by Jessica Purkiss, The Electronic Intifada, Beit Iksa
Palestinians hired to work on a high-speed train link between Jerusalem and Tel Aviv have half their wages taken from them by recruiting agents, an Electronic Intifada investigation has found.
An estimated 200 Palestinians are employed on boring tunnels in the West Bank, as part of the so-called A1 railway, Israel’s largest infrastructure project in a decade.
Speaking on condition of anonymity, some of these men have confirmed that they are working under highly exploitative conditions in Beit Iksa, a village near Jerusalem where two tunnels are being dug.
One man from the surrounding area said he had been recruited by someone hired to supply workers to the construction site. The person who recruited him takes over half his earnings.
“It is very unfair, for the type of work [I do,] I get half what an Israeli would,” said the worker. “I do not get a visa, or any insurance. Yet I have no choice: to work in a construction site on the other side still pays more than I would get here in the West Bank.”
Another worker said that he receives 250 shekels ($70) per day, out of the 600 shekels ($167) his Israeli recruiter is paid.
“I am happy with my employer,” he said. “In my uncle’s shop, I earned 1,500 shekels [$419] for a month but in the tunnel I earn 250 shekels a day. I am forced to work for Israel because I couldn’t earn the same money in Palestine,” he said.
“But while I get paid more, I have no insurance; if I’m injured I have no proof — like papers — to say I work there as I’m not registered. I also don’t have a permit to work in Israel.”
Workers also stated that one of their colleagues was electrocuted while working in the tunnel. He was given no money to cover his hospital treatment and was not paid for the time he had to take off as a result of the injury. Although the worker returned to his job after the electrocution, he left soon afterwards, possibly due to a disagreement with his employer.
The revelations that workers’ rights are being abused follows previous research concluding that the route of the project is illegal as 6.5 kilometers of its route runs through the occupied West Bank, slicing into the diminishing lands of three Palestinian communities: Yalu, Beit Iksa and Beit Surik.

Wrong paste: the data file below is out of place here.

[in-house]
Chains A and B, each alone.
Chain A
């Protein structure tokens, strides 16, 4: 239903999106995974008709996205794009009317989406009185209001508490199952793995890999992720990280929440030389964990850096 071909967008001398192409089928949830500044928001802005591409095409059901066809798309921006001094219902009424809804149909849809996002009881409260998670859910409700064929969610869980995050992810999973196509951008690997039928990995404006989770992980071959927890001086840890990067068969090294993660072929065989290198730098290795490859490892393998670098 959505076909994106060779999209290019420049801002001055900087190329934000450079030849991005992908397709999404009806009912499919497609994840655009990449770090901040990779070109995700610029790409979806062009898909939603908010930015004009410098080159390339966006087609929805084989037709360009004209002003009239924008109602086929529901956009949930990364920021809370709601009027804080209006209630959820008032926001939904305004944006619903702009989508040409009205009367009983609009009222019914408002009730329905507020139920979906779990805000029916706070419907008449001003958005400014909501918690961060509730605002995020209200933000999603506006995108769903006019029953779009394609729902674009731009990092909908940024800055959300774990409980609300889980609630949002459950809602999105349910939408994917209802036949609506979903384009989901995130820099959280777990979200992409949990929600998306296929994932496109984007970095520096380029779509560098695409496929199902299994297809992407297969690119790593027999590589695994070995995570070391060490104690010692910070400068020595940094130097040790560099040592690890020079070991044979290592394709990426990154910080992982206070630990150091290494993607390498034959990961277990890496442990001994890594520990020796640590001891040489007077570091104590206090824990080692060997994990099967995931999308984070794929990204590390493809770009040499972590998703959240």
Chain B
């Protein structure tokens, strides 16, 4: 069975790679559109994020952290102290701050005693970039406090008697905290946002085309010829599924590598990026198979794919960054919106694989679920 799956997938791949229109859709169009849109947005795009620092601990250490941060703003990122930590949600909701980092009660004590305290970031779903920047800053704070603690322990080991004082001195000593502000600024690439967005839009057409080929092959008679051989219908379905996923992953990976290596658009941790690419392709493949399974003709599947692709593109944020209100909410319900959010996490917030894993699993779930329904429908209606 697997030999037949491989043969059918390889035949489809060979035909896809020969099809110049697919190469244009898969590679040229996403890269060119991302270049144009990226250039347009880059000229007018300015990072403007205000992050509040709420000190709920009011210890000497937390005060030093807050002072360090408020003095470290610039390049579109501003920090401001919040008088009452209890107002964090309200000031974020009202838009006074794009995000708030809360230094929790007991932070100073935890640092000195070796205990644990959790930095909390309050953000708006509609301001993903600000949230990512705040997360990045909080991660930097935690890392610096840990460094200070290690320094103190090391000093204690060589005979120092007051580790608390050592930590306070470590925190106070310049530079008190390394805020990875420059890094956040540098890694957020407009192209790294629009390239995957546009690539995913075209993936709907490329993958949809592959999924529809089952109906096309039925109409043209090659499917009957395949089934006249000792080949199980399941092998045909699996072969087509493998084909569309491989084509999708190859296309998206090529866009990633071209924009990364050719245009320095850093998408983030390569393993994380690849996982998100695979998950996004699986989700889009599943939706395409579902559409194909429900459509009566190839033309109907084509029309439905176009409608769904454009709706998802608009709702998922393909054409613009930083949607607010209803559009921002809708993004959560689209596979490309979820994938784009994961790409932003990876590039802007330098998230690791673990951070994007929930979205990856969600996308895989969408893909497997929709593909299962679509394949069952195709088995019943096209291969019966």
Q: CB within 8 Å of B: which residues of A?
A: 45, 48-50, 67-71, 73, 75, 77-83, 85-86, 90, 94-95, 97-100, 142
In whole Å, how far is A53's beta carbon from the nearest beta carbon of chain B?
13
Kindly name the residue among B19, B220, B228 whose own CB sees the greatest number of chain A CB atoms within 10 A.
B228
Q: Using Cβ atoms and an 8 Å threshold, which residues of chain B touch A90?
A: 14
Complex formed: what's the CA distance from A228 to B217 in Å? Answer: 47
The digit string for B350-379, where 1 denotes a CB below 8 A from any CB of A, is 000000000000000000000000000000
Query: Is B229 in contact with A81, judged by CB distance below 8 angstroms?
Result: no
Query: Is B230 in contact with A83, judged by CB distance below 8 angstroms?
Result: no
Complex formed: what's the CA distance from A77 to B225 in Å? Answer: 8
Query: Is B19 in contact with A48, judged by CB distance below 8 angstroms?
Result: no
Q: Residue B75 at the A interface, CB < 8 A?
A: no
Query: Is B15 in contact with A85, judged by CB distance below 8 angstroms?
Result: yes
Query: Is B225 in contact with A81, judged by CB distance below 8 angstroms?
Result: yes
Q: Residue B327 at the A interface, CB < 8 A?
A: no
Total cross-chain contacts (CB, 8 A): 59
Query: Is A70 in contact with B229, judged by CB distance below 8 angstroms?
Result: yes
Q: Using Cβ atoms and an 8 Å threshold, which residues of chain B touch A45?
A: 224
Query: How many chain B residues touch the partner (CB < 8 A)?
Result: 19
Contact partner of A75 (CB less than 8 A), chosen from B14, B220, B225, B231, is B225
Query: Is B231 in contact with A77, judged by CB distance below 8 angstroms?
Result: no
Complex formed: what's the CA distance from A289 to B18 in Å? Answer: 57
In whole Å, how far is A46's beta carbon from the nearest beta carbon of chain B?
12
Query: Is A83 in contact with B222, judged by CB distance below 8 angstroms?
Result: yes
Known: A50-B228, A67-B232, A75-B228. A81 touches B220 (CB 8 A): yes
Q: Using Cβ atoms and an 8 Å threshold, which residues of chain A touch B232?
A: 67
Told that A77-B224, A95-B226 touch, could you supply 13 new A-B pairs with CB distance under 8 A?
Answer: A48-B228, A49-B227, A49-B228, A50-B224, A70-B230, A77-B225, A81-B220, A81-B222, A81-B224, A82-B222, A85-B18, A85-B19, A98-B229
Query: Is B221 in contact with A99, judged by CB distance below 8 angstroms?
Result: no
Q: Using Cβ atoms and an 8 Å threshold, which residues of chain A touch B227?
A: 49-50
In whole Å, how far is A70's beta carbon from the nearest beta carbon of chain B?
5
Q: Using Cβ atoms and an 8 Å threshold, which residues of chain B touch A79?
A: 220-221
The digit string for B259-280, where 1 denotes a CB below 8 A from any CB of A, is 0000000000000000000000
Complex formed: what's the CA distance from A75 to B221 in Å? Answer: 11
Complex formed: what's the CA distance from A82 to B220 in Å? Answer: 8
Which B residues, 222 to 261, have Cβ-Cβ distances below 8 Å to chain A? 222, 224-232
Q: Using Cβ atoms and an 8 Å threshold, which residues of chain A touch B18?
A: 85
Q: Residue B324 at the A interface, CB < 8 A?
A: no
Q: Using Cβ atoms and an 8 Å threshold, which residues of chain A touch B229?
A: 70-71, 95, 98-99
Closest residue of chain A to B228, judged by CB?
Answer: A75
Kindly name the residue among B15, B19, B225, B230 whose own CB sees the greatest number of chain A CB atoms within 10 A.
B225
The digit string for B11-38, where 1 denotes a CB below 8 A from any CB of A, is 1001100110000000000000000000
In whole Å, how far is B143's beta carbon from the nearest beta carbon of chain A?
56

Who Profits from the Occupation? — a research project of the Coalition of Women for Peace — claims the train line’s route raises three legal concerns. The building of a permanent structure on occupied land not accessible to locals, the unjust appropriation of Palestinian land for the site of construction and the sale of the material mined from the digging of the tunnels on Palestinian land, all violate international law (“Crossing the Line,” October 2010 [PDF]).
Israel has contracted a handful of international companies to help with the line’s construction. While the culpability of Israel is clear, a recent legal brief by the Palestinian human rights group Al-Haq puts the role of the international firms profiting from the expropriation of West Bank land under the microscope.
Al-Haq emphasizes the role of the Italian firm Pizzarotti, which is undertaking work on the planned tunnels in partnership with the Israeli construction company Shapir Civil and Marine Engineering. The legal opinion claims there are “substantial grounds” for holding Pizzarotti responsible for violations of international law. These include the destruction of property and the war crime of pillage, which are illegal under the Fourth Geneva Convention, as well as the Rome Statute of the International Criminal Court (“Tunnelling activities and war crimes,” 8 July 2013 [PDF]).